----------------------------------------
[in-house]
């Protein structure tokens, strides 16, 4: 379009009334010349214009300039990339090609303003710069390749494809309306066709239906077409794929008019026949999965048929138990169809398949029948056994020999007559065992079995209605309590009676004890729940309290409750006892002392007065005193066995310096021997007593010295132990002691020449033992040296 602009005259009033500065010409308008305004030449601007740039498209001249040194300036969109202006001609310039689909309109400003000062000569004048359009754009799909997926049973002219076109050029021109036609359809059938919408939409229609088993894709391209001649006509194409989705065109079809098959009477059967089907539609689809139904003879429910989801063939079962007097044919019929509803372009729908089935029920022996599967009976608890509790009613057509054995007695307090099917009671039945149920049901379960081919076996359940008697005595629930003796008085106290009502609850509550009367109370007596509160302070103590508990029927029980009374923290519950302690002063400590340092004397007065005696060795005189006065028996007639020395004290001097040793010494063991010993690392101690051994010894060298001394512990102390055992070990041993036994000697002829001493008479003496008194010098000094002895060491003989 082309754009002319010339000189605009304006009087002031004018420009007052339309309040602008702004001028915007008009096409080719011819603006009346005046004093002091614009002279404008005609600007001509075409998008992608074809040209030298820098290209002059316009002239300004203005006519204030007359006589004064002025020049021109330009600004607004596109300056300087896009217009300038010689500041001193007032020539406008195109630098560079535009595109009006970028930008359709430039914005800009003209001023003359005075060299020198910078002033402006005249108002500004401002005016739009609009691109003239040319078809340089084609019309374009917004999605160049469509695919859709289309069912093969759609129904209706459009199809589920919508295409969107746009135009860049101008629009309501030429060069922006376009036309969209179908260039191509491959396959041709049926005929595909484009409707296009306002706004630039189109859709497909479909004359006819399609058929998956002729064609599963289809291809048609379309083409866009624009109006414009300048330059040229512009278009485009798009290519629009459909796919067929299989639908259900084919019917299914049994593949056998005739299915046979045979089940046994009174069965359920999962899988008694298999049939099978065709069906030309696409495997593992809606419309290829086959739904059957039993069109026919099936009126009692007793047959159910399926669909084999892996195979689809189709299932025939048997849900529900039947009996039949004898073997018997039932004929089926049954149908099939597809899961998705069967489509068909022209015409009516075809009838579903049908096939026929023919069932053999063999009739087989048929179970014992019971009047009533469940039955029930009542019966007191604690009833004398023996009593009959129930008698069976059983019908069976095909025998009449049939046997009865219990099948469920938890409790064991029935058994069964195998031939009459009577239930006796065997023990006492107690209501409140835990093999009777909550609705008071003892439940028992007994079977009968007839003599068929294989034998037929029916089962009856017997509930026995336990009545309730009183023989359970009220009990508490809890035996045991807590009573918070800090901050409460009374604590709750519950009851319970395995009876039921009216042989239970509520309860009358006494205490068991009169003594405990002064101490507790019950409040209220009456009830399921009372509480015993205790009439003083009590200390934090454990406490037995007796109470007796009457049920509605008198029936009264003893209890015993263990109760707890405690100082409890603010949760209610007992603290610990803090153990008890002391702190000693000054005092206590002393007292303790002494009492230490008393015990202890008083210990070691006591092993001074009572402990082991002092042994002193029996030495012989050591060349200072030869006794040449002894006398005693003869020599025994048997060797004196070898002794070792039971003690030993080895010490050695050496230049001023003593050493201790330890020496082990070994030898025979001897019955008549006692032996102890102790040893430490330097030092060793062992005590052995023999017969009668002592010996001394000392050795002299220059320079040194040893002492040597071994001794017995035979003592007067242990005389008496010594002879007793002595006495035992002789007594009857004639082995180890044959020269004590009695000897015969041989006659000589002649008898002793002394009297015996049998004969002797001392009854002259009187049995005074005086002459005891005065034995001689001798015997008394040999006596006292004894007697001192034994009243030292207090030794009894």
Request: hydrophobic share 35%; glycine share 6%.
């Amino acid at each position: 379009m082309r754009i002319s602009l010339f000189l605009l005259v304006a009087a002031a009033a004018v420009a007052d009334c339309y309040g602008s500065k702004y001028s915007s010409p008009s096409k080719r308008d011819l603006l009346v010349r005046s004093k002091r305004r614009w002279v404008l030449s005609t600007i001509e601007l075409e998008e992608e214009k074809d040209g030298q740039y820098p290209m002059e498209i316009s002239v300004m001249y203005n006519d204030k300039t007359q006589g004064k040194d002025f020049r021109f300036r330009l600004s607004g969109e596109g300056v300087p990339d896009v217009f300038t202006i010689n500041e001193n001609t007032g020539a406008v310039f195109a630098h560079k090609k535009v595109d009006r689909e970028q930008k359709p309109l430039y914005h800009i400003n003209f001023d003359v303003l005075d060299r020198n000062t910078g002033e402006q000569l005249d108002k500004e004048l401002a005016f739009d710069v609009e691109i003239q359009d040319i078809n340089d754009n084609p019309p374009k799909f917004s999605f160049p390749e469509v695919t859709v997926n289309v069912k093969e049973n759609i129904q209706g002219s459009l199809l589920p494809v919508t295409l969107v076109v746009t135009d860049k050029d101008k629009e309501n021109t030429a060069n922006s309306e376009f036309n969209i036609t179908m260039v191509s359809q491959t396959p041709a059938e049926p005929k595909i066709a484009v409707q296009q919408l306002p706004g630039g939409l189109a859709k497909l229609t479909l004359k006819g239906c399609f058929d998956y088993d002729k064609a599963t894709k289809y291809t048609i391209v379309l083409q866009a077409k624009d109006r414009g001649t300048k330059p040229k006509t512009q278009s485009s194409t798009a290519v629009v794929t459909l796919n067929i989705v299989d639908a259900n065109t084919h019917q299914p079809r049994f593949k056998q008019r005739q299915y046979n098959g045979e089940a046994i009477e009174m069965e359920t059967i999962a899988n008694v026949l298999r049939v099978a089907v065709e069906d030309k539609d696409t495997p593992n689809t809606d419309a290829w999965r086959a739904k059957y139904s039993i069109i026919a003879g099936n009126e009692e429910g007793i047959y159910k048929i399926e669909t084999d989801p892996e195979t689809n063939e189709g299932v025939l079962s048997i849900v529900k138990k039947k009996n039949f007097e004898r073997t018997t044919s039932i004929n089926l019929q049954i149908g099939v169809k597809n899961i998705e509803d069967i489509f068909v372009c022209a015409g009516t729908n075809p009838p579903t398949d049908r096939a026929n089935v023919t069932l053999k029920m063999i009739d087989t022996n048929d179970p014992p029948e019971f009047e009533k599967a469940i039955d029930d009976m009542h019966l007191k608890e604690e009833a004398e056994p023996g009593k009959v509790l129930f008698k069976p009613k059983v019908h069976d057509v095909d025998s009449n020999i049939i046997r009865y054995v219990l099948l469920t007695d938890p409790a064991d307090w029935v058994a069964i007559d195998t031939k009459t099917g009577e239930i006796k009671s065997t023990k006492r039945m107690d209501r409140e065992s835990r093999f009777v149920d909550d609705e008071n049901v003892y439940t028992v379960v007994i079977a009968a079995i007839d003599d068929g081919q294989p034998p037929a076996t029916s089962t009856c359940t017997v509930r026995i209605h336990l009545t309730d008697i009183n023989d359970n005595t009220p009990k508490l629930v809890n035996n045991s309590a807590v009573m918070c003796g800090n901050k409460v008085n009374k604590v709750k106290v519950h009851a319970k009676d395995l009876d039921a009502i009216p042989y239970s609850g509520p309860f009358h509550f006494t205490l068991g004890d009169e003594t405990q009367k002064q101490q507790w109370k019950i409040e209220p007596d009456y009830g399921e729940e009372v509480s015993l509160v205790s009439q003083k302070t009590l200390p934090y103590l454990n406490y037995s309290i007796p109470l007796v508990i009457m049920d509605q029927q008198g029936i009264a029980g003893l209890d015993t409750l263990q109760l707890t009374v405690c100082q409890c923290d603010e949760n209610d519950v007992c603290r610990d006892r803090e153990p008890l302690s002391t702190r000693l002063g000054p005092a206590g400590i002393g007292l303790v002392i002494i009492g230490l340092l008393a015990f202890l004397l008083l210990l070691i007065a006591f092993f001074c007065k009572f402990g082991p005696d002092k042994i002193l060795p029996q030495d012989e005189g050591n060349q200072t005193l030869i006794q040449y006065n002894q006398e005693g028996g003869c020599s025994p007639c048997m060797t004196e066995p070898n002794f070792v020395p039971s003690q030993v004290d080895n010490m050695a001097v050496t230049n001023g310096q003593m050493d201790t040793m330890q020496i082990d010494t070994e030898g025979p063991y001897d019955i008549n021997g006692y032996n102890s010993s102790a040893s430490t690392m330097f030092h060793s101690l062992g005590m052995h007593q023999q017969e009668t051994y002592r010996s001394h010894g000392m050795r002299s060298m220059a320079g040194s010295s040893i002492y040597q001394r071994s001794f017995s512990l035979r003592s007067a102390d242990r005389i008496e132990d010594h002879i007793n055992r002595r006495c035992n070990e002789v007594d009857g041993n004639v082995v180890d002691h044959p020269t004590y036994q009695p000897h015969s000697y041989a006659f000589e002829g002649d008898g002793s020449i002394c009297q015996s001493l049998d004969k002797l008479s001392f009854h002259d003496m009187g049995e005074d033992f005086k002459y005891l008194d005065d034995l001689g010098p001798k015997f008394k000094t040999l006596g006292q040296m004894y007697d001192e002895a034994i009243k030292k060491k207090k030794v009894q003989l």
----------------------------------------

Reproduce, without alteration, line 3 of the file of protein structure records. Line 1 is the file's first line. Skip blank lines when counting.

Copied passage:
Request: hydrophobic share 35%; glycine share 6%.